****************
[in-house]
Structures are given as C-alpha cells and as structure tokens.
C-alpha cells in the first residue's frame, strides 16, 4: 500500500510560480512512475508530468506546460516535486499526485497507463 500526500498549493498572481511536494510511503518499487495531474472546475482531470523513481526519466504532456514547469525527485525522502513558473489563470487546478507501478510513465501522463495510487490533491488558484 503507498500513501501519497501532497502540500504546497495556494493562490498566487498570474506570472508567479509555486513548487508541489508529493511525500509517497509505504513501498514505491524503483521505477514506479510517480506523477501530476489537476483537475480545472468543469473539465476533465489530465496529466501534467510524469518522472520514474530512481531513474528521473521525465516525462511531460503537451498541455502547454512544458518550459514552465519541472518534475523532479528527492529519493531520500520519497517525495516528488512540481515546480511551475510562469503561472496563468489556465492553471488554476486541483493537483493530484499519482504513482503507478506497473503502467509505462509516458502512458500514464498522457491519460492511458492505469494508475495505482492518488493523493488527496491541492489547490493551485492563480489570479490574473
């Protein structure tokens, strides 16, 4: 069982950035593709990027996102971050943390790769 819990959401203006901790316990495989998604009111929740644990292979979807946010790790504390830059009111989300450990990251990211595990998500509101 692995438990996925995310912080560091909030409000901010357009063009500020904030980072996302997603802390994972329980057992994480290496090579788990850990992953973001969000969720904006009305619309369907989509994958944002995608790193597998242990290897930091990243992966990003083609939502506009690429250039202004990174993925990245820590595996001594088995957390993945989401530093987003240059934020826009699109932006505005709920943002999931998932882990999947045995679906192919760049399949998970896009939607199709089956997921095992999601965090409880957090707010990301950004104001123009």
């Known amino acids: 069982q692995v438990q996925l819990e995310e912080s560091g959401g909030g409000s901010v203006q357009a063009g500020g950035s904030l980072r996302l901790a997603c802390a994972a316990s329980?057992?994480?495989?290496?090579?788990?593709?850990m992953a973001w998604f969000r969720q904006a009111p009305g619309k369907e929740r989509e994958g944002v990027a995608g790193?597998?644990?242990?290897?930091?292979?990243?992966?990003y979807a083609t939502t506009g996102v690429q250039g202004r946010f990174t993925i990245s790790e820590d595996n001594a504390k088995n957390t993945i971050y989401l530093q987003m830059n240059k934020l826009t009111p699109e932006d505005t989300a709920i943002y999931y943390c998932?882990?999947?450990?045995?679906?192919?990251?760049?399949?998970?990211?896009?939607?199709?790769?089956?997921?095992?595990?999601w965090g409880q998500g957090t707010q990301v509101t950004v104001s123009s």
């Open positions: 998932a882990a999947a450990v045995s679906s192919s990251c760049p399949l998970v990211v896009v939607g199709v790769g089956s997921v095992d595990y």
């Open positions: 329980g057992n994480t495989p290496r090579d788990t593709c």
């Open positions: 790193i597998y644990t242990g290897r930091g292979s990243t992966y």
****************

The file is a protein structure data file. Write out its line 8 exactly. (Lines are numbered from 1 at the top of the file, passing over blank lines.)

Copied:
């Open positions: 790193i597998y644990t242990g290897r930091g292979s990243t992966y």